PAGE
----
It is, unfortunately, very confusing because the regulations standards just aren't there. The lobbyists have done their jobs, I guess. The other issue is that there are dozens of organizations that do use organic ingredients, but can't afford to get their products labeled as organic. Also, ingredients like clay and sea salt cannot be labeled organic, so products like scrubs that have these as the majority ingredient can't be labeled organic.

Basically it comes down to reading labels and if you don't know what something is, the EWG database is extremely helpful in deciphering the safety of something.

Also, whether you think "organic" is "better" for you or not - knowing that I am using products that are produced under organic standards makes me feel better about using them knowing they are not polluting the Earth and the workers who deal with them with pesticides.
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#9
That makes sense & many reasons I m looking @ Simply Organic Gel..... I guess the question remains- is it really & will it make a difference to a client in the long run?
Has anyone heard of this brand??????
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#10
(05-28-2013, 01:43 PM)[email protected] Wrote: That makes sense & many reasons I m looking @ Simply Organic Gel..... I guess the question remains- is it really & will it make a difference to a client in the long run?
Has anyone heard of this brand??????


Because this is not an agricultural-based product, it cannot be called "organic" in the context of how its components are grown.

This is a case of "green-washing" from what I can read. Monomers are not a bad thing - it just describes a type of molecular chain. There are monomers that are bad for you, but monomers as a whole are not bad.

Their FAQs say they use no acrylic monomers - which many/most gels don't. This product is most likely just like anything else you would use for this application.
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#11
Interesting & thank you- I'm new to nails & thought I was onto something fabulous!
Which the product can be- but I want to make sure I'm understanding if it's just like everything else with a fancy name or not?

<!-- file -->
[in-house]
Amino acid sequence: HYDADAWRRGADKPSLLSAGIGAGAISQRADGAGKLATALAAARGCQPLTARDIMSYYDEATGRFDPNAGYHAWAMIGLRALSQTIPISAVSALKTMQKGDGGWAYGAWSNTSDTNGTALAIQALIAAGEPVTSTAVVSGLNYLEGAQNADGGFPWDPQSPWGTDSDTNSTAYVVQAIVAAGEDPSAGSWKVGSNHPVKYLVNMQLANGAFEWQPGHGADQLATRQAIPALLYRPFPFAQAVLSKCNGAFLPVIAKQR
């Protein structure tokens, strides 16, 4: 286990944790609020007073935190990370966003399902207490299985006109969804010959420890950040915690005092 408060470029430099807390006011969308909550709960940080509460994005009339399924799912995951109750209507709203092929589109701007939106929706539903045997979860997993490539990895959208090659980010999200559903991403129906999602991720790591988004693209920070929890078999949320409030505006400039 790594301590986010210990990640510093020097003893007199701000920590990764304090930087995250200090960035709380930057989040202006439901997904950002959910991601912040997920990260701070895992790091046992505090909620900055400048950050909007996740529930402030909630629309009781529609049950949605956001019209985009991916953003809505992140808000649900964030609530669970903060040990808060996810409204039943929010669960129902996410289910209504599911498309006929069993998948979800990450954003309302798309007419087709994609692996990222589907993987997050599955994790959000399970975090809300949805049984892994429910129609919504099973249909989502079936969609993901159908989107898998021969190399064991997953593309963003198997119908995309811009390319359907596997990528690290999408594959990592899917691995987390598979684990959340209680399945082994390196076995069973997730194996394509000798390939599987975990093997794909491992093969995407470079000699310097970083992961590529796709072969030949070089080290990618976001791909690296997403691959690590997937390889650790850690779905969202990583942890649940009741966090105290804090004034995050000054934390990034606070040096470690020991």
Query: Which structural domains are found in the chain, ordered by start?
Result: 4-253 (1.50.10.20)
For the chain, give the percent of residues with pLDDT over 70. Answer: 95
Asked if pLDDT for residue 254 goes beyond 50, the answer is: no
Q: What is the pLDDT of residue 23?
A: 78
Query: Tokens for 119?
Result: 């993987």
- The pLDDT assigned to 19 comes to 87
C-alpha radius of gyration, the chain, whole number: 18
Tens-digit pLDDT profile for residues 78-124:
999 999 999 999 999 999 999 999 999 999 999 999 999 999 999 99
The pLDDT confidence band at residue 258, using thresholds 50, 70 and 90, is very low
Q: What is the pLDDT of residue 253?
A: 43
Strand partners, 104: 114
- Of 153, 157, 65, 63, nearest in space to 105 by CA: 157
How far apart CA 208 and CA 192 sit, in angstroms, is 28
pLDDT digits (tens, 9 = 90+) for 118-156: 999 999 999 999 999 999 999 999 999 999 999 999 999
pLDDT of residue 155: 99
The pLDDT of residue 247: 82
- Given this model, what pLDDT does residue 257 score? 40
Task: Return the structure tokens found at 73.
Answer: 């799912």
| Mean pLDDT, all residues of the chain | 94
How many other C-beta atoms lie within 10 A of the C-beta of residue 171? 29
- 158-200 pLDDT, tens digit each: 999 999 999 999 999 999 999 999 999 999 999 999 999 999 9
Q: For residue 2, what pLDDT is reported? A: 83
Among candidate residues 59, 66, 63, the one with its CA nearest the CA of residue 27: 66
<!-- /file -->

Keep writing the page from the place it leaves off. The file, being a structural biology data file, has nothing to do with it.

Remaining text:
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#12
I use Angel Love and I love it and have used it for years! The primer is protein based. No methacrylic acid. It is a hard gel that when done correctly finishes thin and strong. You mix the pigments with the gel so your color can be customized or the same each time I mix it. My client can go 4 to 6 weeks between appointments. I have tried many products and this is by far the best one I have used. Angel Love Gel Nails. Heart
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#13
i used the nail gel polish and nail kit with our brand, the gel polish is with many colors, and if you need cutomized color, your colors could be accepted. besides, there are there types for gel polish: three-steps, one-step and soak-off nail polish.  
with nail art kit when you creating your own design at home, it could save your cost from nail-salon~~  
# beauty.geekhigh.com/ #
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#14
I use Young nails concealer pink hard gel but about 4 months ago I started getting a reaction on my right hand, so did my co worker. My right hand started getting dry and cracked really bad then started to heal after putting antibiotic ointment on for 2 months but still hasn't gone back to normal, I have discolored skin on my fingers and they also itch every once in a while.. I started using gloves but it seems like it doesn't help. does anyone else recommend another hard gel? has anyone used Crystal nails or Bio Sculpture?